Feds Crackdown on Internet SARS Scams
Officials Warn Against Misleading Claims About SARS Treatments
WebMD News Archive
May 12, 2003 -- Federal officials are cracking down on Internet scam artists who are trying to cash in on the public's fear of SARS (severe acute respiratory syndrome). The Federal Trade Commission (FTC) and FDA have sent warnings to web site operators and email solicitors to remind them it's against the law to make false claims about any product that claims to offer protection from, treat, or cure SARS without scientific evidence.
"Scam artists follow the headlines, trying to make a fast buck with products that play off the news," says Howard Beales, director of the FTC's Bureau of Consumer Protection, in a news release. "Our message to e-marketers making deceptive claims is, 'Change your site to comply with the law.' At the same time, our message to consumers is, 'Hold on to your money.' No products have been found effective in preventing, treating, or curing SARS."
A coordinated Internet search by the agencies revealed a variety of web sites that promised consumers they would be protected from SARS if they bought products such as personal air purifiers, disinfectant sprays and wipes, respirator masks, latex gloves, dietary supplements (including colloidal silver and oregano oil), and SARS "prevention kits" that packaged these items together.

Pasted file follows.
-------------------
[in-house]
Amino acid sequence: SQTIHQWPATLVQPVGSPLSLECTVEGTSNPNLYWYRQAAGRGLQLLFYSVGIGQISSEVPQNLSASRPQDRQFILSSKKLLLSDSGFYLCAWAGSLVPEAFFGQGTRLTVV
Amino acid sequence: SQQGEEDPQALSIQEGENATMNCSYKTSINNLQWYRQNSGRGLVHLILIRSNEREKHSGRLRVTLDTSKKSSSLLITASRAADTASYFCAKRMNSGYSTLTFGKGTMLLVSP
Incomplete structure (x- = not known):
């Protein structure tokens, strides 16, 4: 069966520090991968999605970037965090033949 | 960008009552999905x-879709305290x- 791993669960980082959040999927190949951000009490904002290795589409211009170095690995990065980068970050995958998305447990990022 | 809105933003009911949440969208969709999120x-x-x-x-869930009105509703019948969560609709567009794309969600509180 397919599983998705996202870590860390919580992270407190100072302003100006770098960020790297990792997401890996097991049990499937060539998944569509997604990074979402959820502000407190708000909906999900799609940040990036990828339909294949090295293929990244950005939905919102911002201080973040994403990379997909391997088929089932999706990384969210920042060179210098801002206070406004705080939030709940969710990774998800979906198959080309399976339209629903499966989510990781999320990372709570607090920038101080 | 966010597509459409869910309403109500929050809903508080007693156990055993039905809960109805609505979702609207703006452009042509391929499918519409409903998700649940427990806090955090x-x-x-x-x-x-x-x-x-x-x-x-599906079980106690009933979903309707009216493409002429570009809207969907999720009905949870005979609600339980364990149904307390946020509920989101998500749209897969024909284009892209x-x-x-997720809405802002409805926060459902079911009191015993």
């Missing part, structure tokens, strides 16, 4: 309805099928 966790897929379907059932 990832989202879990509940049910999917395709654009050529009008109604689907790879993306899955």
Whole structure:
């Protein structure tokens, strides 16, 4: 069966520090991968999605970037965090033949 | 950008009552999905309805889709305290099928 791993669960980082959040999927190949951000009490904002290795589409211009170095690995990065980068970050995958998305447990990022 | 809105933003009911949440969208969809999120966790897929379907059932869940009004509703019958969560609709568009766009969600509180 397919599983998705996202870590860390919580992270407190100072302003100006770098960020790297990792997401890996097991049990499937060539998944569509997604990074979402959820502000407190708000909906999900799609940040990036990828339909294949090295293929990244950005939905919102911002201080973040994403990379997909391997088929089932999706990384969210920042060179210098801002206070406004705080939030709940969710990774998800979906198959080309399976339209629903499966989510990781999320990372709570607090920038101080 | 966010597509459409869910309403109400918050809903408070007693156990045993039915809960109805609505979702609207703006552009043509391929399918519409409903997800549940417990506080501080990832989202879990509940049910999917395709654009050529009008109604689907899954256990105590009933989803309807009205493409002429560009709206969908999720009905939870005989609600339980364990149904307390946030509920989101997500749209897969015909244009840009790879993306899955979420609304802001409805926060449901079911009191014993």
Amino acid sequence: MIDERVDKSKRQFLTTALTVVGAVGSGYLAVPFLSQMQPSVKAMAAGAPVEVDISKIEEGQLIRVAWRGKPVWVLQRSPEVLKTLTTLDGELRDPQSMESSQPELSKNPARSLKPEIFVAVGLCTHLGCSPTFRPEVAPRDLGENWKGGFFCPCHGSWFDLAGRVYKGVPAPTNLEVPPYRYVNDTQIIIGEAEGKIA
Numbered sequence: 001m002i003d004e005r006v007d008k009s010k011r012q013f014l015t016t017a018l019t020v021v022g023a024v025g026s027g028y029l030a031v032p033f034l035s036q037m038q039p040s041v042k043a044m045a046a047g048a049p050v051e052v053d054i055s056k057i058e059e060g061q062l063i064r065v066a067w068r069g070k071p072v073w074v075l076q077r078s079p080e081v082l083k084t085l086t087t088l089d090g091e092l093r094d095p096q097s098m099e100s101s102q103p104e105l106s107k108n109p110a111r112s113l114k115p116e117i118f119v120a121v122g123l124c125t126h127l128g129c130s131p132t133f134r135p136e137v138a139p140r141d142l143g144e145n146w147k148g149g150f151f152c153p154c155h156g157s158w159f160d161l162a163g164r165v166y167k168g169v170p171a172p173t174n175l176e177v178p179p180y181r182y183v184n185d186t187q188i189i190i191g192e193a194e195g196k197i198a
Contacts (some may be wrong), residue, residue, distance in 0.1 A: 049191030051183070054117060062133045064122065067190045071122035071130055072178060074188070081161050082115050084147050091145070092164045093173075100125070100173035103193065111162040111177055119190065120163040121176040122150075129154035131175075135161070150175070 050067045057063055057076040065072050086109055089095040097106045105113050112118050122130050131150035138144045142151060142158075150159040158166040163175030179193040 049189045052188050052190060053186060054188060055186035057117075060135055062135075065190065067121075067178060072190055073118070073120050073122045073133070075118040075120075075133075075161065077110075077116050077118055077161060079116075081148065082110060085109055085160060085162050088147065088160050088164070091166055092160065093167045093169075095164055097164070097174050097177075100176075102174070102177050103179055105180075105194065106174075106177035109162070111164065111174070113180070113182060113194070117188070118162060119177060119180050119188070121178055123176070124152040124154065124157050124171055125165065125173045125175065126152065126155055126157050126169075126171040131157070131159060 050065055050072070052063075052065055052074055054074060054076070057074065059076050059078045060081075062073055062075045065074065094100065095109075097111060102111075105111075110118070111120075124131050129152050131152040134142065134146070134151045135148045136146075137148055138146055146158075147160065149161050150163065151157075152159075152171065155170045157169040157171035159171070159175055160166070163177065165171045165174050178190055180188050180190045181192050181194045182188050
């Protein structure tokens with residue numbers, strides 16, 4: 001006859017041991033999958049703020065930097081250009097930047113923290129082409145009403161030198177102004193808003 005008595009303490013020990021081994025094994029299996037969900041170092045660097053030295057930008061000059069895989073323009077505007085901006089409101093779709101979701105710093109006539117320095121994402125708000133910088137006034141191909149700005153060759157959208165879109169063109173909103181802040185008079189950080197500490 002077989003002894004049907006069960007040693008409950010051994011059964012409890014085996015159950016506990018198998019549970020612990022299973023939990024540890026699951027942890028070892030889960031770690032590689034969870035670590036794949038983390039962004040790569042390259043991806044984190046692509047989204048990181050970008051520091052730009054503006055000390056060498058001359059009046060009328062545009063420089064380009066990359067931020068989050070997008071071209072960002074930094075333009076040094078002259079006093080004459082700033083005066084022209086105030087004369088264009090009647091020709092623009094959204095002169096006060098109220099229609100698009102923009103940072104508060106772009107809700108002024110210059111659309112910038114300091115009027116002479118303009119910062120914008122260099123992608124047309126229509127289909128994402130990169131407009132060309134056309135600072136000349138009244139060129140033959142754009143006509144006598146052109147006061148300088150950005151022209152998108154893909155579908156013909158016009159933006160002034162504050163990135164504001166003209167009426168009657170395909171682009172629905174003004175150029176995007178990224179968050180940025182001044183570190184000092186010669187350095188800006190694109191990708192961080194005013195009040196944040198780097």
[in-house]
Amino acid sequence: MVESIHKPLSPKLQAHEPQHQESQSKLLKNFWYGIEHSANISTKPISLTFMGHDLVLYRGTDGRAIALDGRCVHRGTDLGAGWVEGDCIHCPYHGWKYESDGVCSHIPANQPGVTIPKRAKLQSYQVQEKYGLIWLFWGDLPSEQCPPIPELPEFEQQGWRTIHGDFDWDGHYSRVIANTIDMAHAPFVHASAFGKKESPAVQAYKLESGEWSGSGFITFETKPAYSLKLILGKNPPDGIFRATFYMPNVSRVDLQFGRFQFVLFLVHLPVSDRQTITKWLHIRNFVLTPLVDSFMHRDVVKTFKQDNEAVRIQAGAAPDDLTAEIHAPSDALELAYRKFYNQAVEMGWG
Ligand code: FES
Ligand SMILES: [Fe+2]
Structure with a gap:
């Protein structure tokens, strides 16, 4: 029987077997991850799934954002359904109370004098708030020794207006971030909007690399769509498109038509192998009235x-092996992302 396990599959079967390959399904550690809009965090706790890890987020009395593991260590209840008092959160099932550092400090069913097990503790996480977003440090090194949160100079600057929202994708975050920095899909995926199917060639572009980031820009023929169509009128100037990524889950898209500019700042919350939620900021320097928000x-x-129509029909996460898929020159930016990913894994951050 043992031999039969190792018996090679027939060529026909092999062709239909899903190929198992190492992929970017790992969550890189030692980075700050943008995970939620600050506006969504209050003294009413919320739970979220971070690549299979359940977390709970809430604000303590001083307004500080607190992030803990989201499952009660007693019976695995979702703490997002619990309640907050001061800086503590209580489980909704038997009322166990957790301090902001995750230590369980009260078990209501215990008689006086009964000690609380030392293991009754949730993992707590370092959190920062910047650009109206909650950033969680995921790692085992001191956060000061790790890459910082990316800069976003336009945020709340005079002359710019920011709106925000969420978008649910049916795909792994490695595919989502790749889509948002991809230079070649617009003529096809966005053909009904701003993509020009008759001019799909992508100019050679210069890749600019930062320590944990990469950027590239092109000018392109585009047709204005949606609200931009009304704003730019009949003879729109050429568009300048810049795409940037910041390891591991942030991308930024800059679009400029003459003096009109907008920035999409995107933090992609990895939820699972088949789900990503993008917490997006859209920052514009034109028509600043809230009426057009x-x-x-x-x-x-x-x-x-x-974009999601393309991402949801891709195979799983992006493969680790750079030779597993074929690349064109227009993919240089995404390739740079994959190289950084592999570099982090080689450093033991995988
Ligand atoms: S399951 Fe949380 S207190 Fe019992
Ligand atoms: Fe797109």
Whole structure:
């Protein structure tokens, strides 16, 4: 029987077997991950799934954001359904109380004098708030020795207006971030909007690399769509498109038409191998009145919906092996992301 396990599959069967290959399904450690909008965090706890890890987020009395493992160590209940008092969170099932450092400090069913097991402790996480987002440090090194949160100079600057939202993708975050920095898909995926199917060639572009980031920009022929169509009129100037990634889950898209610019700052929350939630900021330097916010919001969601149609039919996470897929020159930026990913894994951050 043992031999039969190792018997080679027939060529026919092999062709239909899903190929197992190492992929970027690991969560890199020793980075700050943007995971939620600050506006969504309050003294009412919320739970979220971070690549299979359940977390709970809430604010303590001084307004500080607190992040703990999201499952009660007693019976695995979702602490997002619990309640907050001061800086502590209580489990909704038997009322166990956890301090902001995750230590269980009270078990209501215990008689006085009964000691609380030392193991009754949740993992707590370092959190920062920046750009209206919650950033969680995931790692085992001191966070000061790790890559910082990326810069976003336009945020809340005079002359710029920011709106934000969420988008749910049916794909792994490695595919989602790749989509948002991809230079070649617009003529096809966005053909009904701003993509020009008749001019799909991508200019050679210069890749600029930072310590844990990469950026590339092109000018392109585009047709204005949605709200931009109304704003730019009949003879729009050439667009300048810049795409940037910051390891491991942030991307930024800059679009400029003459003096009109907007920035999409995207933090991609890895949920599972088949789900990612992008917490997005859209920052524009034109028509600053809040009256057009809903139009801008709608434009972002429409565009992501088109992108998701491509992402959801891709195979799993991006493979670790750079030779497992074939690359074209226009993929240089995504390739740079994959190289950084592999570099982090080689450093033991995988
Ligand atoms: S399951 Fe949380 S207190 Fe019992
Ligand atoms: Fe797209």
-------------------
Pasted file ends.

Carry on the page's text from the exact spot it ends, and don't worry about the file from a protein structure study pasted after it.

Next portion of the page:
Officials say web sites that make bogus claims about the health benefits of products may be subject to state or federal prosecution, civil penalties, and ordered to refund customers' money. In addition, those that violate FDA rules by marketing unapproved drugs as SARS treatments are liable to injunction and seizure of the illegal products.
Experts say consumers should be wary of any web site or email that offers products that claim to prevent or treat SARS. No drug, nutritional or herbal supplement, or other product has been scientifically proven as an effective SARS treatment.
"Doctors and healthcare experts around the world are working hard to find treatments for SARS. Until they succeed, there are common sense actions people can take to protect themselves from SARS and other respiratory infections," says FDA Commissioner Mark B. McClellan, MD, PhD, in a news release. "Bogus products from questionable web sites do no good, and can actually make matters worse by providing a false sense of protection."